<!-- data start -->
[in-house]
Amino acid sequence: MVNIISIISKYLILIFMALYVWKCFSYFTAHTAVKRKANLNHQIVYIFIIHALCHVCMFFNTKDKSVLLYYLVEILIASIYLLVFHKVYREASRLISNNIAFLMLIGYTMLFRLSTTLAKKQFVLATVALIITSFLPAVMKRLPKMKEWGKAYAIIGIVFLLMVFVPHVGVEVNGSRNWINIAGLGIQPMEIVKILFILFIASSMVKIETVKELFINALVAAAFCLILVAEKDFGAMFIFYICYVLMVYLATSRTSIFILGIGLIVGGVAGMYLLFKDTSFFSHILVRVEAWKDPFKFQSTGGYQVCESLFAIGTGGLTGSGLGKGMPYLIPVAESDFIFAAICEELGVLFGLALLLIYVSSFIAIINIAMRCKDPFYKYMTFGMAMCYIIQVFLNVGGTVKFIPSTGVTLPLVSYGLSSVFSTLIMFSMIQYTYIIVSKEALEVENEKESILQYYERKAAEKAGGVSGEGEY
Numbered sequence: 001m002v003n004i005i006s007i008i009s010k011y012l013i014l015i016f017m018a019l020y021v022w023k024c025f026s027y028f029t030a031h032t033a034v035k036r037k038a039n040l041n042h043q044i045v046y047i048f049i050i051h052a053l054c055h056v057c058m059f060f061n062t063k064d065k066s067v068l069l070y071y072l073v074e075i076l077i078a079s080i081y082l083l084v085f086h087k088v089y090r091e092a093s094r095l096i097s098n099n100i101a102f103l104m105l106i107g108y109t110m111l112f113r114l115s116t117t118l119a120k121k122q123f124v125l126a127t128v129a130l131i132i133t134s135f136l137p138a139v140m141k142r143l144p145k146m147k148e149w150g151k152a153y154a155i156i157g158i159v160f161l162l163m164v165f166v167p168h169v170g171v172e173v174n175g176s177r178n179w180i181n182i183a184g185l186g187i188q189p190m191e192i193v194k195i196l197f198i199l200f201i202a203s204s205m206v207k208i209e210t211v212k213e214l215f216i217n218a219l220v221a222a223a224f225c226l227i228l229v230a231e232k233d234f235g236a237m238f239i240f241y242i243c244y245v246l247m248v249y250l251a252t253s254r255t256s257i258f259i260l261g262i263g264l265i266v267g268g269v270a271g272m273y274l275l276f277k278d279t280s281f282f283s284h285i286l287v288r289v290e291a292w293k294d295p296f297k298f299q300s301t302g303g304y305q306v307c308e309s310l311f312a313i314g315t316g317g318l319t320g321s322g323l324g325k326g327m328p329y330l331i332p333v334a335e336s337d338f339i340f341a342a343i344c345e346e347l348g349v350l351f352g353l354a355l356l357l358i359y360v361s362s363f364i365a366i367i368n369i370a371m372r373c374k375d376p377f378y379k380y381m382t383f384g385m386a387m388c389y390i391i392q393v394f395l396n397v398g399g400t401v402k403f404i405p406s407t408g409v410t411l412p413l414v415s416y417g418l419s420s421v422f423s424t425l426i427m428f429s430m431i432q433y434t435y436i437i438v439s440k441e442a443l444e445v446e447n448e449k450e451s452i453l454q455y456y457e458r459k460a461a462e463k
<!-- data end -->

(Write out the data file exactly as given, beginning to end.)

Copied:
[in-house]
Amino acid sequence: MVNIISIISKYLILIFMALYVWKCFSYFTAHTAVKRKANLNHQIVYIFIIHALCHVCMFFNTKDKSVLLYYLVEILIASIYLLVFHKVYREASRLISNNIAFLMLIGYTMLFRLSTTLAKKQFVLATVALIITSFLPAVMKRLPKMKEWGKAYAIIGIVFLLMVFVPHVGVEVNGSRNWINIAGLGIQPMEIVKILFILFIASSMVKIETVKELFINALVAAAFCLILVAEKDFGAMFIFYICYVLMVYLATSRTSIFILGIGLIVGGVAGMYLLFKDTSFFSHILVRVEAWKDPFKFQSTGGYQVCESLFAIGTGGLTGSGLGKGMPYLIPVAESDFIFAAICEELGVLFGLALLLIYVSSFIAIINIAMRCKDPFYKYMTFGMAMCYIIQVFLNVGGTVKFIPSTGVTLPLVSYGLSSVFSTLIMFSMIQYTYIIVSKEALEVENEKESILQYYERKAAEKAGGVSGEGEY
Numbered sequence: 001m002v003n004i005i006s007i008i009s010k011y012l013i014l015i016f017m018a019l020y021v022w023k024c025f026s027y028f029t030a031h032t033a034v035k036r037k038a039n040l041n042h043q044i045v046y047i048f049i050i051h052a053l054c055h056v057c058m059f060f061n062t063k064d065k066s067v068l069l070y071y072l073v074e075i076l077i078a079s080i081y082l083l084v085f086h087k088v089y090r091e092a093s094r095l096i097s098n099n100i101a102f103l104m105l106i107g108y109t110m111l112f113r114l115s116t117t118l119a120k121k122q123f124v125l126a127t128v129a130l131i132i133t134s135f136l137p138a139v140m141k142r143l144p145k146m147k148e149w150g151k152a153y154a155i156i157g158i159v160f161l162l163m164v165f166v167p168h169v170g171v172e173v174n175g176s177r178n179w180i181n182i183a184g185l186g187i188q189p190m191e192i193v194k195i196l197f198i199l200f201i202a203s204s205m206v207k208i209e210t211v212k213e214l215f216i217n218a219l220v221a222a223a224f225c226l227i228l229v230a231e232k233d234f235g236a237m238f239i240f241y242i243c244y245v246l247m248v249y250l251a252t253s254r255t256s257i258f259i260l261g262i263g264l265i266v267g268g269v270a271g272m273y274l275l276f277k278d279t280s281f282f283s284h285i286l287v288r289v290e291a292w293k294d295p296f297k298f299q300s301t302g303g304y305q306v307c308e309s310l311f312a313i314g315t316g317g318l319t320g321s322g323l324g325k326g327m328p329y330l331i332p333v334a335e336s337d338f339i340f341a342a343i344c345e346e347l348g349v350l351f352g353l354a355l356l357l358i359y360v361s362s363f364i365a366i367i368n369i370a371m372r373c374k375d376p377f378y379k380y381m382t383f384g385m386a387m388c389y390i391i392q393v394f395l396n397v398g399g400t401v402k403f404i405p406s407t408g409v410t411l412p413l414v415s416y417g418l419s420s421v422f423s424t425l426i427m428f429s430m431i432q433y434t435y436i437i438v439s440k441e442a443l444e445v446e447n448e449k450e451s452i453l454q455y456y457e458r459k460a461a462e463k